As a part of the investigation, the resident’s sister provided a written statement on October 16, 2017, stating that a “$50 gift card was purchased on September 19, 2017, and given to the resident on the same day. The resident’s sister also reported a cart had been used twice on October 12, 2017, at the local store.”

    The surveyors reviewed a law-enforcement arrest report dated October 14, 2017, that revealed that the law enforcement “proceeded to speak with [the resident] who advised that she had a visa gift card missing from her change purse and presumed it had been stolen. She further advised the gift card was valued at $60.”

    The resident’s sister “checked with visa customer service and found that the card had been used. Visa records indicating that a total of $49.47 had been spent. A check of the local store video footage shows a white female [purchasing] with the card number provided. A good photo was printed and taken to the Charge Nurse who recognize the lady as one of the night shift nurses.”

    The Certified Nursing Assistant (CNA) in question “admitted to using the card as witnessed on the video but claims she paid [the resident] cash for the card. To verify the statement, [law-enforcement called the resident] and she actually denies the theft happened.” The CNA “showed obvious intent to deprive the owner of certain property without her effective consent.” The CNA “was placed under arrest.”

    The CNA provided a written statement to law enforcement dated October 14, 2017, revealing that they had “worked on Wednesday night… in the 700 Hall.” The CNA stated that the resident asked to give her cash for “her prepaid debit card because it was not a cash-back card and no one would take her card and get anything for her.” The Certified Nursing Assistant told her that they “only had $60 and [the resident] said it had 50 something on there, so [the CNA] gave her three $20 bills and” the resident gave the CNA the card.

    The survey team interviewed the Administrator on October 24, 2017, who revealed: “the facility investigation was neither substantiated nor unsubstantiated.” This was “because [the Administrator] was unable to get a statement from the [arrested Certified Nursing Assistant and that the resident] was reluctant to give a detailed statement. The Administrator confirmed that the [arrested Certified Nursing Assistant] was terminated due to the misappropriation of property.”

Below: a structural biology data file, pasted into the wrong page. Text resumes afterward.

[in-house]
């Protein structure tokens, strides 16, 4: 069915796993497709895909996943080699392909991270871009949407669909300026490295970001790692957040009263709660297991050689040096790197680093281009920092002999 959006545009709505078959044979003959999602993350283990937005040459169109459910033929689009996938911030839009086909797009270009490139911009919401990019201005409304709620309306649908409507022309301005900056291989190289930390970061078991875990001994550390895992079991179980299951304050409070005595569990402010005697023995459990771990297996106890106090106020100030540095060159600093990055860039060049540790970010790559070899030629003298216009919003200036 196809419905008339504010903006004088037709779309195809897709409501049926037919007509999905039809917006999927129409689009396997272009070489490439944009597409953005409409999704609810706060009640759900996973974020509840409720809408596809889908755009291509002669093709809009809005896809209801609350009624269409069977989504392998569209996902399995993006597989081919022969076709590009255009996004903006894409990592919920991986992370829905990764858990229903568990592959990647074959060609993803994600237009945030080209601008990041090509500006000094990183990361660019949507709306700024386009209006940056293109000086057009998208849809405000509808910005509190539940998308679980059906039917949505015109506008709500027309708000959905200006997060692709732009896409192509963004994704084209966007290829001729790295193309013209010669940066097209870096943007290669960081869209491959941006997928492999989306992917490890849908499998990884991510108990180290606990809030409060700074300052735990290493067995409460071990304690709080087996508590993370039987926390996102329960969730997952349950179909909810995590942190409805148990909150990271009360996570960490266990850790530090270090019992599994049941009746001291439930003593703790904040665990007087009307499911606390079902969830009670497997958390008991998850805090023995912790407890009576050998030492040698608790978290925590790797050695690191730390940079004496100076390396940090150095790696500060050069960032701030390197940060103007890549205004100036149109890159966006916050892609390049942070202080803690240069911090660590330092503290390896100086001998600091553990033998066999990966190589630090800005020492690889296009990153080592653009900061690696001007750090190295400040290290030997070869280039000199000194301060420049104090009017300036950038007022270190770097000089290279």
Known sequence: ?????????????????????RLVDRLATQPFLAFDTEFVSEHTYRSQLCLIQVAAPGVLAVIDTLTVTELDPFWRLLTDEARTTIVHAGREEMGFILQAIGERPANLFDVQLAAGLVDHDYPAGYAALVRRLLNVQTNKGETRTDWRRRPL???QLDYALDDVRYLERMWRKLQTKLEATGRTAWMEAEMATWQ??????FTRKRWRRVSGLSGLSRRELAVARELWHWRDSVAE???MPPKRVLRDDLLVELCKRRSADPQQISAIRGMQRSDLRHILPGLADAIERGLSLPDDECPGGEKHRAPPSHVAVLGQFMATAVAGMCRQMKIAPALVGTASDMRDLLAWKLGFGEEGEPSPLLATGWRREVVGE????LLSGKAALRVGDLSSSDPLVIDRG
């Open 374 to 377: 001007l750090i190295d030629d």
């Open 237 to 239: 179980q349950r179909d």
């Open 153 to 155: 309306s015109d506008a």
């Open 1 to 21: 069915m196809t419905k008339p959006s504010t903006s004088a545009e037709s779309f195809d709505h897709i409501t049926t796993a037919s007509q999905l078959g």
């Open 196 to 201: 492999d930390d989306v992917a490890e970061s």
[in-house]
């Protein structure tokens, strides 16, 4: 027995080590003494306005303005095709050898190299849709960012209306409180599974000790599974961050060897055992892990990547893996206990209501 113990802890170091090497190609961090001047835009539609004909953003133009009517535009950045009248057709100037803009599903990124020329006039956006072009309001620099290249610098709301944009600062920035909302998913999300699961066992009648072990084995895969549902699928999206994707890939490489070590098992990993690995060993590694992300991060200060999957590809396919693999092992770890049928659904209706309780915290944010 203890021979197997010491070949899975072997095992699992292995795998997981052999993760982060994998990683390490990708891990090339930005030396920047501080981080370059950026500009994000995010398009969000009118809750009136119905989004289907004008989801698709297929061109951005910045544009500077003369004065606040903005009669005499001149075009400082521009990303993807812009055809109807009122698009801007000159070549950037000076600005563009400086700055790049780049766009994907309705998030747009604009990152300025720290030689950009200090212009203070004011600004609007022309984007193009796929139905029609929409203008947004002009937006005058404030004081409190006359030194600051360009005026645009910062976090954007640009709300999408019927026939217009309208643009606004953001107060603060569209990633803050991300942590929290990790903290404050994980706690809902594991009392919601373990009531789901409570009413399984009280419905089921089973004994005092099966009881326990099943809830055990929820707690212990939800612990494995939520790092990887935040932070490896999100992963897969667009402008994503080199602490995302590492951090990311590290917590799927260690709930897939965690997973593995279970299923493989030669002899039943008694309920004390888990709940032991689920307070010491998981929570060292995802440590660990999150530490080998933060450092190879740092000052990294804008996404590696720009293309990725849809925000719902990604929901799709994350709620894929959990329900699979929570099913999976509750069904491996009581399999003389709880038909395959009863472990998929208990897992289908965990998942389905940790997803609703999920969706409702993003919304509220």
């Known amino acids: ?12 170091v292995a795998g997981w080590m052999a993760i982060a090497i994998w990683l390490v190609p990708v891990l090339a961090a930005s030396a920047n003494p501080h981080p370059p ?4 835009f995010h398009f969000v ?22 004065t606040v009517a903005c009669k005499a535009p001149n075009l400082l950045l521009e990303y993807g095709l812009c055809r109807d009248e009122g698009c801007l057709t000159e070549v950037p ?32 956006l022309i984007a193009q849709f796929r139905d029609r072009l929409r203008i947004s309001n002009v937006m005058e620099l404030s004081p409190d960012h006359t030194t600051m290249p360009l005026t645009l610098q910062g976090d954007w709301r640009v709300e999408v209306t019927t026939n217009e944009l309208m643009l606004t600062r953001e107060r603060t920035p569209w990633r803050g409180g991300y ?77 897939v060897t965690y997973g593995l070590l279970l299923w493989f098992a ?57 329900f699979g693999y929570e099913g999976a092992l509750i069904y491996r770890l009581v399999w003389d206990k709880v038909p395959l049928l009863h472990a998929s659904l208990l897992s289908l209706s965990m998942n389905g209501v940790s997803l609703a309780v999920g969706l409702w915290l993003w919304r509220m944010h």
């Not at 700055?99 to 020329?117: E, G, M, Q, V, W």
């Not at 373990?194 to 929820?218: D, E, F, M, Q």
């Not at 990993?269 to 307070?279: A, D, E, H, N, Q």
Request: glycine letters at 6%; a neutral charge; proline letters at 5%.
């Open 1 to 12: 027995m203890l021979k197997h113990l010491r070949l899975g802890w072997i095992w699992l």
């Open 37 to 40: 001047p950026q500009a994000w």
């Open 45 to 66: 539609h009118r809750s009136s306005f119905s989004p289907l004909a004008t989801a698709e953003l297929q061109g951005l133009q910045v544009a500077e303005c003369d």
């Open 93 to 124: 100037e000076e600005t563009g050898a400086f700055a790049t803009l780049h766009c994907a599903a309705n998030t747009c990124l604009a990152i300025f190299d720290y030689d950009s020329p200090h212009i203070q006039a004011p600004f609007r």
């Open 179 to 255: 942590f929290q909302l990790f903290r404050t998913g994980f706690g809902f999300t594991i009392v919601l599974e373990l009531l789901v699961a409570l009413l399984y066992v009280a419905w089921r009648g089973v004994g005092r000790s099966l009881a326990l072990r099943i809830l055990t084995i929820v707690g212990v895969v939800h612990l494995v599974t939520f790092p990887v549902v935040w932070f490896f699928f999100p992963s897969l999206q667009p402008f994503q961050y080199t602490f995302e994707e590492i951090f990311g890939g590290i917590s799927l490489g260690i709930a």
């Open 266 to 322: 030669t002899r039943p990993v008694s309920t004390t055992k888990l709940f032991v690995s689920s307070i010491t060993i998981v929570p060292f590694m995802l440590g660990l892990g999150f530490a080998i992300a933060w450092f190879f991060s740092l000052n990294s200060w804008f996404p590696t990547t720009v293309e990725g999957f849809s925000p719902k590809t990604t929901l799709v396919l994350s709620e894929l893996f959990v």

Were You Injured, Abused or Mistreated While a Resident at Concordia Nursing and Rehabilitation – Smith County?

If you, or your loved one, have been injured or harmed while living at Concordia Nursing and Rehabilitation – Smith County, call the Tennessee nursing home abuse lawyers at Nursing Home Law Center at (800) 926-7565 for legal help. Our network of attorneys fights aggressively on behalf of Smith County victims of mistreatment living in long-term facilities including nursing homes in Carthage.

Our dedicated attorneys have represented clients with victim cases involving nursing home mistreatment. With our years of success, our lawyers can assist your family in successfully resolving your financial recovery case against all those who caused your loved harm. Contact us now to schedule a free case review to discuss how to obtain justice and resolve a financial compensation claim. Let us begin working on your behalf to ensure your rights are protected.

Our network of attorneys accepts all nursing home abuse lawsuits, personal injury claims, medical malpractice cases, and wrongful death suits through a contingency fee arrangement. This agreement postpones the need to pay for our legal services until after our legal team has resolved your claim for compensation through a jury trial award or negotiated settlement out of court. We provide each client a “No Win/No-Fee” Guarantee, meaning you owe us nothing if we cannot obtain compensation for your damages. We can start on your case today to ensure you receive compensation for your damages. All information you share with our law offices will remain confidential.


Client Reviews

Jonathan did a great job helping my family navigate through a lengthy lawsuit involving my grandmother's death in a nursing home. Through every step of the case, Jonathan kept my family informed of the progression of the case. Although our case eventually settled at a mediation, I really was impressed at how well prepared Jonathan was to take the case to trial. Lisa
After I read Jonathan’s Nursing Home Blog, I decided to hire him to look into my wife’s treatment at a local nursing home. Jonathan did a great job explaining the process and the laws that apply to nursing homes. I immediately felt at ease and was glad to have him on my side. Though the lawsuit process was at times frustrating, Jonathan reassured me, particularly at my deposition. I really felt like Jonathan cared about my wife’s best interests, and I think that came across to the lawyers for the nursing home. Eric